Post-Modernism, Economics and Knowledge

Edited by Jack Amariglio, Stephen E Cullenberg, David F Ruccio

© 2001 – Routledge

512 pages

Purchasing Options:
Paperback: 9780415110266
pub: 2001-05-16
US Dollars$83.95
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Hardback: 9780415110259
pub: 2001-05-16
US Dollars$240.00
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e–Inspection Copy

About the Book

Only in the past twenty years have debates surrounding modernism and postmodernism begun to have an impact on economics. This new way of thinking rejects claims that science and mathematics provide the only models for the structure of economic knowledge.

This ground-breaking volume brings together the essays of top theorists including Arjo Klamer, Deirdre McCloskey, Julie Nelson, Shaun Hargreaves-Heap and Philip Mirowski on a diverse range of topics such as gender, postcolonial theory and rationality as well as postmodernism.

About the Editors

Stephen Cullenberg is Chair of the Department of Economics at the University of California, Riverside. Jack Amariglio is Professor of Economics at Merrimack College. David F. Ruccion is Associate Professor of Economics at the University of Notre Dame.

About the Series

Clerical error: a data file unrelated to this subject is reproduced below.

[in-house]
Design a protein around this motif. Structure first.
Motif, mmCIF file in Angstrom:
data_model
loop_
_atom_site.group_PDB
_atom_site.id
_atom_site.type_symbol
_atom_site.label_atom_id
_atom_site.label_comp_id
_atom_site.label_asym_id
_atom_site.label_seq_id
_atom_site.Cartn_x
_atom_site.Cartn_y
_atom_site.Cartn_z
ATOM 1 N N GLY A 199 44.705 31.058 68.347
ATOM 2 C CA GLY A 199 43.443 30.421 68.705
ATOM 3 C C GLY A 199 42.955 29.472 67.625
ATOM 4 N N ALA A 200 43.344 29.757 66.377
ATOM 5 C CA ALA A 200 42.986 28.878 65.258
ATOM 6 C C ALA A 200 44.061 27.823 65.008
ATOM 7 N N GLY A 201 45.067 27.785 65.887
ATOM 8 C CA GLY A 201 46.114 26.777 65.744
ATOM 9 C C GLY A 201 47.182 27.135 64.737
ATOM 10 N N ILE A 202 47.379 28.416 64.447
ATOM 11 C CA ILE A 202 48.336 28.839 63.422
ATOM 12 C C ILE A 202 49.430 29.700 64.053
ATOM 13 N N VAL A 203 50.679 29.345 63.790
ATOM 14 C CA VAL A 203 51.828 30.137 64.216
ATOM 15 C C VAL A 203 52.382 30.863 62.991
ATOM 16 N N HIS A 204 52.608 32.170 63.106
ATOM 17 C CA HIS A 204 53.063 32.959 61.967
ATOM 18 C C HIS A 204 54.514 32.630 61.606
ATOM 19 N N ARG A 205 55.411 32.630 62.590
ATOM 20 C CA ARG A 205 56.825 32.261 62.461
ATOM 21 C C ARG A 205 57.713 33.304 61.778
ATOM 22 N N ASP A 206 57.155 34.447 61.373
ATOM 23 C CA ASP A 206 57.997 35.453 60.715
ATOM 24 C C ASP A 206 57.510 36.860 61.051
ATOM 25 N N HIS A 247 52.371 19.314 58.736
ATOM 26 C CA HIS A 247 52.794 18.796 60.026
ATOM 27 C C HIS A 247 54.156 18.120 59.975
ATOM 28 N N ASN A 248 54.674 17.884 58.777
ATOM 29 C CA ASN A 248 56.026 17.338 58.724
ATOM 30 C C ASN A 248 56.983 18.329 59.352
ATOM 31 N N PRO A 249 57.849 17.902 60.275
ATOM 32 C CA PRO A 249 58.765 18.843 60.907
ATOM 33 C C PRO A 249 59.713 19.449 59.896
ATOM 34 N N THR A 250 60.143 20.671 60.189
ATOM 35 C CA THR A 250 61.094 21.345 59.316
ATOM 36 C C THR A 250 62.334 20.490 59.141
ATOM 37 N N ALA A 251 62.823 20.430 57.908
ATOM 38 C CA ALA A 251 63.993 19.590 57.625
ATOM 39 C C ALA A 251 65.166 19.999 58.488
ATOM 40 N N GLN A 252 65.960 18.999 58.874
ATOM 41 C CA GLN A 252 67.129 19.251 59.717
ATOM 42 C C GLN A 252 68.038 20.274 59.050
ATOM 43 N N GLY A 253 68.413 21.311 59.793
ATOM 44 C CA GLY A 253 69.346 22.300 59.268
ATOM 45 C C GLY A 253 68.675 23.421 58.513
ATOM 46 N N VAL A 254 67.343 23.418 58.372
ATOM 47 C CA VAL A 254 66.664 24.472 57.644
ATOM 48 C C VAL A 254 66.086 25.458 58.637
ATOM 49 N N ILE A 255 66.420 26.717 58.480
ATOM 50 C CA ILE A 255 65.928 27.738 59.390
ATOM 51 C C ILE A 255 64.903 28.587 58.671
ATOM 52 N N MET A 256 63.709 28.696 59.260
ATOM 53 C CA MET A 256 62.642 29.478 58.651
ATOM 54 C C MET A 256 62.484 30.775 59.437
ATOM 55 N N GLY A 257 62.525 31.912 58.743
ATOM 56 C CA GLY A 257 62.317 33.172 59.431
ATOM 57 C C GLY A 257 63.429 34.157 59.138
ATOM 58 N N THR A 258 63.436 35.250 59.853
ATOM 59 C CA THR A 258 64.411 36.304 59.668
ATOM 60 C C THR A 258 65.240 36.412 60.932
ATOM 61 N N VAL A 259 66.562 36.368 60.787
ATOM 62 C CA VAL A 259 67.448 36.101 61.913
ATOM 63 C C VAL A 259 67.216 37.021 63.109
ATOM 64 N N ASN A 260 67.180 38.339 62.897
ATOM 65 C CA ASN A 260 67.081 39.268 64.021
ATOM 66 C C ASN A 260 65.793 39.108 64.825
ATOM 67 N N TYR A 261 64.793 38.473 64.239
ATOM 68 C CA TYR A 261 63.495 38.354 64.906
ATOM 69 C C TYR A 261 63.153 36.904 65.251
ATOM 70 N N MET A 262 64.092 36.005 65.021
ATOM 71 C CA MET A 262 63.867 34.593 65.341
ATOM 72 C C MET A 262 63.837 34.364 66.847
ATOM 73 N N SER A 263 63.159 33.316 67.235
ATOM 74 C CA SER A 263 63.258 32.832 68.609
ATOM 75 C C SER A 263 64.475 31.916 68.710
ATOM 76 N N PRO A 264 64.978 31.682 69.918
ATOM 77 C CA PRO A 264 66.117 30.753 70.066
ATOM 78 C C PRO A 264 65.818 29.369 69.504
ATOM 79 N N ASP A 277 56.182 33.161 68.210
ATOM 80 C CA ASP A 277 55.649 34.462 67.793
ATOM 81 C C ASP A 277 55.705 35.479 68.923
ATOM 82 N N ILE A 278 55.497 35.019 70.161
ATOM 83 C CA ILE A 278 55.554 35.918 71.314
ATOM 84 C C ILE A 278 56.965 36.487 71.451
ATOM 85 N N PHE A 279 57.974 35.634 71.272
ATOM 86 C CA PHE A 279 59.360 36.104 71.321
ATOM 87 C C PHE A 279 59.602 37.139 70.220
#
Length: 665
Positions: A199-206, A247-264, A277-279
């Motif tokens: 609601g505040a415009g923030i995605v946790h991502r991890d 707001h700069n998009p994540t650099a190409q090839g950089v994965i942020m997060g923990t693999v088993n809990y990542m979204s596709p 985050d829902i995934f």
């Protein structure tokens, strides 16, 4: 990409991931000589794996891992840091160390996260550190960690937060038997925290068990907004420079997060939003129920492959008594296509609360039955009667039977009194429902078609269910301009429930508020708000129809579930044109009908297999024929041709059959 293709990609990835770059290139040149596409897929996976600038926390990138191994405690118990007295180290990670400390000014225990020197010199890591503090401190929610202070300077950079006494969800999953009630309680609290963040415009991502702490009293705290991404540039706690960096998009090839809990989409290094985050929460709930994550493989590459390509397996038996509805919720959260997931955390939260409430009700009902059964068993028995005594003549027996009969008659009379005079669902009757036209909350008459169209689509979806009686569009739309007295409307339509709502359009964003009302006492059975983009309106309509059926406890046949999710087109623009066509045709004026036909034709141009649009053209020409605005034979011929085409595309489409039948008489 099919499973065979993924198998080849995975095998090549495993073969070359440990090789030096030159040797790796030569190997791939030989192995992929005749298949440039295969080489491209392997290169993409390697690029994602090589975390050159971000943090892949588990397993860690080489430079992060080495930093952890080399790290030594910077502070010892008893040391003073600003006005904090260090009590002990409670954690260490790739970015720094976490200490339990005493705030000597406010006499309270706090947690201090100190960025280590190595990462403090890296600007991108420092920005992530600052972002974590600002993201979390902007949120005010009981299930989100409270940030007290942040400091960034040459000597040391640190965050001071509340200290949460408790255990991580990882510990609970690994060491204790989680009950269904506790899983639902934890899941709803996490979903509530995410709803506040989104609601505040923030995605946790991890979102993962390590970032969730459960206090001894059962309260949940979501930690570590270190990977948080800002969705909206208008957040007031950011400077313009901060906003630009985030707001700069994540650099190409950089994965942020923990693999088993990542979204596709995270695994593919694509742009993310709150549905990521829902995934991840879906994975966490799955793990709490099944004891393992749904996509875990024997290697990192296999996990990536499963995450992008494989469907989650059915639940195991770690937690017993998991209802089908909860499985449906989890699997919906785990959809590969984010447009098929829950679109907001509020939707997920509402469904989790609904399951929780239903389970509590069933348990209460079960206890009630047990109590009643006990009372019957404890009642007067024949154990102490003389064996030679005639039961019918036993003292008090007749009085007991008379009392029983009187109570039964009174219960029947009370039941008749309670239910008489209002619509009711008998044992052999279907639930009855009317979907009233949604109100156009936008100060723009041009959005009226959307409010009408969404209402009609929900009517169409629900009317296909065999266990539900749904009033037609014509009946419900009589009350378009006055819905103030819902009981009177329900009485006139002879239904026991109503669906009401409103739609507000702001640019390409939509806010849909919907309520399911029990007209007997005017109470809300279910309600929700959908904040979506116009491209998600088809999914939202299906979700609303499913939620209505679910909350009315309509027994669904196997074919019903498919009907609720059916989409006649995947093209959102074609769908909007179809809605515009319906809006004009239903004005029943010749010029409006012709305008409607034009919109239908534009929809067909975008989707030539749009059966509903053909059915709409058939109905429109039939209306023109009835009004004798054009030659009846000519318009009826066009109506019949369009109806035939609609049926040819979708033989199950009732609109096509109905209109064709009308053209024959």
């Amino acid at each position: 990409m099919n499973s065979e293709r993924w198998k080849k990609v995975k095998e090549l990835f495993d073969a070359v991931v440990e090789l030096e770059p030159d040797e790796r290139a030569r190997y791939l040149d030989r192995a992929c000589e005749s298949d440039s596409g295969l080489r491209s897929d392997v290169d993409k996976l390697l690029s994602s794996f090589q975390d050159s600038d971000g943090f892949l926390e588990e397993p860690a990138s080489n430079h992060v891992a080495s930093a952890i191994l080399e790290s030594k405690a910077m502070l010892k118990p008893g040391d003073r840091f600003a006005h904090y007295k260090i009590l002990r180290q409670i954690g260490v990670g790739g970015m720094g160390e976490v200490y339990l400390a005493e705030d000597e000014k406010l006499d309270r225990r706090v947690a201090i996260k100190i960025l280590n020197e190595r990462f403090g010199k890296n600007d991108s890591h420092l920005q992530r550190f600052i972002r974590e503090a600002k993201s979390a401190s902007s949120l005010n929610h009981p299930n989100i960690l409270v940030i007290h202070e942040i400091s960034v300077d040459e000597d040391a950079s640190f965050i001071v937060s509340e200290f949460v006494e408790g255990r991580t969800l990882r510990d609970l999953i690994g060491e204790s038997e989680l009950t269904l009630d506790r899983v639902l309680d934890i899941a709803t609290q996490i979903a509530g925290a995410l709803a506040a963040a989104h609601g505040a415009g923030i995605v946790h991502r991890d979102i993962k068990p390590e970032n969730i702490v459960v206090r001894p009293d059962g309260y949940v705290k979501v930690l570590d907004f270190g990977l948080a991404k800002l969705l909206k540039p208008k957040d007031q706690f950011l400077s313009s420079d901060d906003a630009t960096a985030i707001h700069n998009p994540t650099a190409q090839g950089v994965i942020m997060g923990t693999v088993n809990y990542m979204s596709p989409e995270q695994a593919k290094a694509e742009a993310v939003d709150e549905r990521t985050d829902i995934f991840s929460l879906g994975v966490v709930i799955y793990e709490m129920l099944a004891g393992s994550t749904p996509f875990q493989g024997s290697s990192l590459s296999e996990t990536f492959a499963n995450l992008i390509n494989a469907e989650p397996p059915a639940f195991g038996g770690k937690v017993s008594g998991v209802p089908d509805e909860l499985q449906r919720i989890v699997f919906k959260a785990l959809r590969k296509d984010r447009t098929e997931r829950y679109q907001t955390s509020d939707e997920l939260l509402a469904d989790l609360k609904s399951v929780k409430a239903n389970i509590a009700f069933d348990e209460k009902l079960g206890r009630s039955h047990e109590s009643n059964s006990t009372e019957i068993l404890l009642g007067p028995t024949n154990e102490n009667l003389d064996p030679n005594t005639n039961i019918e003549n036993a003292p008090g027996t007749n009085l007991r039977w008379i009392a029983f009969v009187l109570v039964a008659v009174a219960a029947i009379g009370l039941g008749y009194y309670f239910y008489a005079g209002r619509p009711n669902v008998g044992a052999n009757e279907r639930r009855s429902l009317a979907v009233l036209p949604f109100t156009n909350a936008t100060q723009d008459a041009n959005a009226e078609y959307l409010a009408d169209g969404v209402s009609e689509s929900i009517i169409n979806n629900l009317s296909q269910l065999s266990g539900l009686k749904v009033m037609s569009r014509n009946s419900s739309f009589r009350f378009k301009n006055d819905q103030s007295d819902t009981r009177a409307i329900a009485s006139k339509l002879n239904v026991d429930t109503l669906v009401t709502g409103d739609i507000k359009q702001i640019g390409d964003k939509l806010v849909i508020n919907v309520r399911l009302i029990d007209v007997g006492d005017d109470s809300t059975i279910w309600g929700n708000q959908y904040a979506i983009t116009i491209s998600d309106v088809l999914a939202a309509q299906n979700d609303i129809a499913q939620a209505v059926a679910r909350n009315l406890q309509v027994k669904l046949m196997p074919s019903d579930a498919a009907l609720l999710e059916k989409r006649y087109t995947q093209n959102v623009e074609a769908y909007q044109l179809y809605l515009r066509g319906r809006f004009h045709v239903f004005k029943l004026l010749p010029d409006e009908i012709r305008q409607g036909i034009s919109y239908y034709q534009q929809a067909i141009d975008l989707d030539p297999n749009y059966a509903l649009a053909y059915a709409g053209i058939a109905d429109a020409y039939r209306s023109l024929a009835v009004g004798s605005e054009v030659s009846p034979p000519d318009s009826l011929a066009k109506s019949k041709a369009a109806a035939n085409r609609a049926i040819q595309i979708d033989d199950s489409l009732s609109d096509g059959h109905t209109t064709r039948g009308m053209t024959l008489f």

Economics as Social Theory

Social Theory is experiencing something of a revival within economics. Critical analyses of the particular nature of the subject matter of social studies and of the types of method, categories and modes of explanation that can legitimately be endorsed for the scientific study of social objects, are re-emerging. Economists are again addressing such issues as the relationship between agency and structure, between economy and the rest of society, and between the enquirer and the object of enquiry. There is a renewed interest in elaborating basic categories such as causation, competition, culture, discrimination, evolution, money, need, order, organization, power probability, process, rationality, technology, time, truth, uncertainty, value etc.

The objective for this series is to facilitate this revival further. In contemporary economics the label “theory” has been appropriated by a group that confines itself to largely asocial, ahistorical, mathematical “modelling”. Economics as Social Theory thus reclaims the “Theory” label, offering a platform for alternative rigorous, but broader and more critical conceptions of theorizing.

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Subject Categories

BISAC Subject Codes/Headings:
BUS000000
BUSINESS & ECONOMICS / General
BUS023000
BUSINESS & ECONOMICS / Economic History